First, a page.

Planning and Sustainability Commission Public Hearing

Tuesday, May 26, 2015, 3 p.m. (check the PSC calendar one week prior to confirm time)
1900 SW 4th Avenue, Room 2500A

To learn how to testify, please read Tips for Effective Testimony.

The SE Quadrant Plan will set direction for changes in regulations that will be developed in the next year. Property owners can review the plan and provide testimony if they want to support or oppose a proposal in the draft plan.

Background

The SE Quadrant Plan Proposed Draft includes goals, policies and actions that will direct growth in the eastern areas of the Central City over the next 20 years. This area includes the Central Eastside Industrial District, East Portland Grand Ave Historic District, new OMSI and Clinton MAX station areas and the Eastside Riverfront.

The plan proposes changes to land use regulations and the transportation system to strengthen the industrial sanctuary while increasing employment densities, encouraging investment, protecting historic resources, establishing more amenities for employees and residents, and managing conflicts between industrial and other operations.

This proposed draft has been endorsed by the project’s Stakeholder Advisory Committee following 14 meetings, multiple subcommittee meetings, tours, neighborhood association meetings and two open house events.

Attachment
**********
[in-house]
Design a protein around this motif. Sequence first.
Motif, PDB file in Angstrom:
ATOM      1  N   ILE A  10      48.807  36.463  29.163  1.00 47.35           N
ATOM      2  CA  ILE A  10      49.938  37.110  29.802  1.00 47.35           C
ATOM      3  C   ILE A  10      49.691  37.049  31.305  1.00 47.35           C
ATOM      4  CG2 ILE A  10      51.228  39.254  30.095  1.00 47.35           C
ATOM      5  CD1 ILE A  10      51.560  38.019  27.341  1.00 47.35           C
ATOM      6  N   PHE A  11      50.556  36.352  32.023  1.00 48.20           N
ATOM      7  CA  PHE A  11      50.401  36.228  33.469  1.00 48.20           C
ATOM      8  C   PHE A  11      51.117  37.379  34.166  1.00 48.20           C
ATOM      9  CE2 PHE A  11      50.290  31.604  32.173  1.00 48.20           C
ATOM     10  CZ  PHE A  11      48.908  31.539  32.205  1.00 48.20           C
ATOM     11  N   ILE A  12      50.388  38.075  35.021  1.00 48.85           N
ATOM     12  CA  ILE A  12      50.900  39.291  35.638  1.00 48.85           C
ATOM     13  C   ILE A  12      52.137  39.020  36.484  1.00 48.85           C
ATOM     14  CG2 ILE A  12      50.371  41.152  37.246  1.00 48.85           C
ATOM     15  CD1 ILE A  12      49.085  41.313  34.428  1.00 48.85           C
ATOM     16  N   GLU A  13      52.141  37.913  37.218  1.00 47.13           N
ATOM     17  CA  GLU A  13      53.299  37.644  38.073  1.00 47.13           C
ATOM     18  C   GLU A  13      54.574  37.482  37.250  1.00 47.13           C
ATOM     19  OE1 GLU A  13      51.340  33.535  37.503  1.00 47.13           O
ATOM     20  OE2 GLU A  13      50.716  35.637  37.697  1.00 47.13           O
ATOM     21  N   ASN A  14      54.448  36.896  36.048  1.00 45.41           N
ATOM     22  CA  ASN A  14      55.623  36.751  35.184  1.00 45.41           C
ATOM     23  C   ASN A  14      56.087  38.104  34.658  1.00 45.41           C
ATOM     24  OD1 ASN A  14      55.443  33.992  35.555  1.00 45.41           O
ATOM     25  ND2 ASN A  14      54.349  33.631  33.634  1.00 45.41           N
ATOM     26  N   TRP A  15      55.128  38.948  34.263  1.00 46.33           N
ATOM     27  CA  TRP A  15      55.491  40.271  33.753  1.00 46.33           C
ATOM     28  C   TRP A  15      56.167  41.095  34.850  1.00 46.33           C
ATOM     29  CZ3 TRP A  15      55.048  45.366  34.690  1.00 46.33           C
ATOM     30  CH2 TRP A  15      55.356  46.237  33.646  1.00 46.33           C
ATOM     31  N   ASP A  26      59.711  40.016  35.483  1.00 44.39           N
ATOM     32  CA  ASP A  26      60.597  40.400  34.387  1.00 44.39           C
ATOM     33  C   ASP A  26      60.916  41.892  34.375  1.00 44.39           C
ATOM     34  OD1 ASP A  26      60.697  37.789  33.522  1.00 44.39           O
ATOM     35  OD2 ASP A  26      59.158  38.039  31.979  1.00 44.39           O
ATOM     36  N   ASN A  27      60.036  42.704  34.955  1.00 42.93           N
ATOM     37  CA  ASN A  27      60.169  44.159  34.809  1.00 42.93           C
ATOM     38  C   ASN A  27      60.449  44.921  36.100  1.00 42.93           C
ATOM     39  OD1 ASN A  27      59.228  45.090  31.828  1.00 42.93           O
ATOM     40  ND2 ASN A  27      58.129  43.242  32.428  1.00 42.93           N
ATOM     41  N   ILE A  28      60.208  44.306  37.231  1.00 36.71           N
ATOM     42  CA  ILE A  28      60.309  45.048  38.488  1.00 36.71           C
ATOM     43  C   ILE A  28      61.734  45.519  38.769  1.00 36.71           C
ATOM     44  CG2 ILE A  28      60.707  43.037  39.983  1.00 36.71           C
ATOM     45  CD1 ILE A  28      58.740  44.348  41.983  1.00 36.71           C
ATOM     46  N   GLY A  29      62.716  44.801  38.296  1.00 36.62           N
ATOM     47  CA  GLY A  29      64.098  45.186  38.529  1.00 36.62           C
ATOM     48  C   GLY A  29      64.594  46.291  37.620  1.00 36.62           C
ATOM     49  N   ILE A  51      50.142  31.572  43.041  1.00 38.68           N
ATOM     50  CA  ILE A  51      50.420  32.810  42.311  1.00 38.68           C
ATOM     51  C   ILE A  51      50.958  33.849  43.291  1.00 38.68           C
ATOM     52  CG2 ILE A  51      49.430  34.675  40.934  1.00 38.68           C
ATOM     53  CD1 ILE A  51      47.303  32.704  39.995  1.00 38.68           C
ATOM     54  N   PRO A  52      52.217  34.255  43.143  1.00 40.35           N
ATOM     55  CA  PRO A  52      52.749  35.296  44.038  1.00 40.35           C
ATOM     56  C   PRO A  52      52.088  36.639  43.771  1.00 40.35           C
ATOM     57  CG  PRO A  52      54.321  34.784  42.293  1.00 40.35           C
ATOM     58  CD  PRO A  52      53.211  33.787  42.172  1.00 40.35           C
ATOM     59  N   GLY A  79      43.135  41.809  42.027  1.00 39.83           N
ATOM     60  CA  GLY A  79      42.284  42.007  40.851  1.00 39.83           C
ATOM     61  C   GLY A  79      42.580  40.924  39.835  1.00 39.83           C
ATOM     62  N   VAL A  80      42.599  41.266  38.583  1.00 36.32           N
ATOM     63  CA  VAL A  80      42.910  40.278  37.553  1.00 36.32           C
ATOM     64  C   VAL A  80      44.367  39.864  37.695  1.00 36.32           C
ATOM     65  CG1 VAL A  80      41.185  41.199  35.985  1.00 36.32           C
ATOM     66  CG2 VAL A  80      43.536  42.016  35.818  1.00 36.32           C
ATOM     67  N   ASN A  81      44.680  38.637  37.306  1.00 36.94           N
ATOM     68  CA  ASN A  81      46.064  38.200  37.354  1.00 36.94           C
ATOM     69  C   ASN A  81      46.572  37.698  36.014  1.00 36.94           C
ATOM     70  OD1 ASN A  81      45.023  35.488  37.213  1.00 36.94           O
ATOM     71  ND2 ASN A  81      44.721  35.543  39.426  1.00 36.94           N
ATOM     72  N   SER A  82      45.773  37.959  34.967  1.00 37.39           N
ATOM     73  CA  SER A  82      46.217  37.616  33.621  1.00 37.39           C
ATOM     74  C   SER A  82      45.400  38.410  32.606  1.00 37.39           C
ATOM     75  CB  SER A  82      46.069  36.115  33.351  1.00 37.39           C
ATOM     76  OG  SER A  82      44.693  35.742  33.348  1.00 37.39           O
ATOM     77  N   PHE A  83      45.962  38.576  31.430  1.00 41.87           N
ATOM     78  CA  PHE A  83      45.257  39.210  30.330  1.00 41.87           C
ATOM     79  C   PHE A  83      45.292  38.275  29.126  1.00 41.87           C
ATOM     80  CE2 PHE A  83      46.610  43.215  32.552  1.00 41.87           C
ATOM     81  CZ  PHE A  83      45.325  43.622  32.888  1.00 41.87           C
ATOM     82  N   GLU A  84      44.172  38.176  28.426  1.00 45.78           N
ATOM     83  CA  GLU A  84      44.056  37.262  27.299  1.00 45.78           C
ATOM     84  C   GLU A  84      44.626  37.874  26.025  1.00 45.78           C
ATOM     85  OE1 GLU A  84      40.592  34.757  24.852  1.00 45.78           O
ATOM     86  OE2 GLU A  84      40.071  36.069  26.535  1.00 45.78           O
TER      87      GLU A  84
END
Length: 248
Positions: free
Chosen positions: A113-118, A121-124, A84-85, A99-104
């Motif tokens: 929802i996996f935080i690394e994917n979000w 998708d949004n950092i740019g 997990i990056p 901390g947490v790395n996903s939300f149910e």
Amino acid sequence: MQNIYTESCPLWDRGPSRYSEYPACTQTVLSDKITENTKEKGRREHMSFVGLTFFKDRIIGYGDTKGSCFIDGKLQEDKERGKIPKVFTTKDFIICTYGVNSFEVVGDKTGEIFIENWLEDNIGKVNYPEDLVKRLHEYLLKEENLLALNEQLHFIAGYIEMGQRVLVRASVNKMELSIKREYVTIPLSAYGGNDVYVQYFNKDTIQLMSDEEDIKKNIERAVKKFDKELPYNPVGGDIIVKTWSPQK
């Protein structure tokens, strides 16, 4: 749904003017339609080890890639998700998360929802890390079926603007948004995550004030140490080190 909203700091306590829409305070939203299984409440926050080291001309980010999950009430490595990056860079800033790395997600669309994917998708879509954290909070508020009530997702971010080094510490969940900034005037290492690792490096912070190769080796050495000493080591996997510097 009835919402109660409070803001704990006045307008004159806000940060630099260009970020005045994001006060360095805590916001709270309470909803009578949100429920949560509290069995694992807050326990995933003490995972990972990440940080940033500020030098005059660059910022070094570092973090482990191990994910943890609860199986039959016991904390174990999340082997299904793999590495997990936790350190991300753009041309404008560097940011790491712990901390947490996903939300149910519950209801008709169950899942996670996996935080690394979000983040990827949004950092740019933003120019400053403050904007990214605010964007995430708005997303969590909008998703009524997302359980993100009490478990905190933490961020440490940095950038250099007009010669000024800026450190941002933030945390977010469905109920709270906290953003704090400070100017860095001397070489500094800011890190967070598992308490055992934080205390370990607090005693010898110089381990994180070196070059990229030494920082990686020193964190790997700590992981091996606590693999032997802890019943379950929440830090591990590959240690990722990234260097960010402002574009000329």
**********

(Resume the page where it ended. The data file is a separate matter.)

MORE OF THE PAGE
Next Steps

Following the public hearing in May, the PSC will hold a work session on June 9 to formulate its recommendation to City Council (remember to check the PSC calendar one week prior to the meeting to confirm). The project will then go before the Portland City Council for adoption by resolution.

This is an interim step in the Central City 2035 (CC2035) plan process. In 2016, the Bureau of Planning and Sustainability will begin the public hearing process to adopt the final detailed CC2035 plan. Specific recommendations outlined in the SE Quadrant Plan will be integrated with recommendations from the N/NE Quadrant and West Quadrant Plans and adopted by ordinance as part of the CC2035 at that time.

Now through May 31, the public is invited to comment on an inventory of some of Portland’s favorite vistas of the Central City

Take a look at Portland’s iconic views and viewpoints in the updated Central City Scenic Resources Inventory; then tell the City what you think

Where do you take your out-of-town visitors to show off Portland? Up to the Washington Park Rose Garden to take in the sweeping, panoramic views of the skyline and Mt Hood? Maybe you head downtown for a stroll along the waterfront or South Park Blocks. Or take a ride on the Aerial Tram to OHSU for views of the many bridges over the Willamette River, special buildings and scenic landmarks.

Scenic resources like these help define the character of the Central City and shape the image of Portland and the region.

To help preserve these visual treasures, Portland manages an inventory of public views, viewpoints and other scenic resources within and of the Central City. At 25-years-old, the Central City portion of the Scenic Resources Inventory (CCSRI) is getting a refresh as part of the update of the Central City Plan.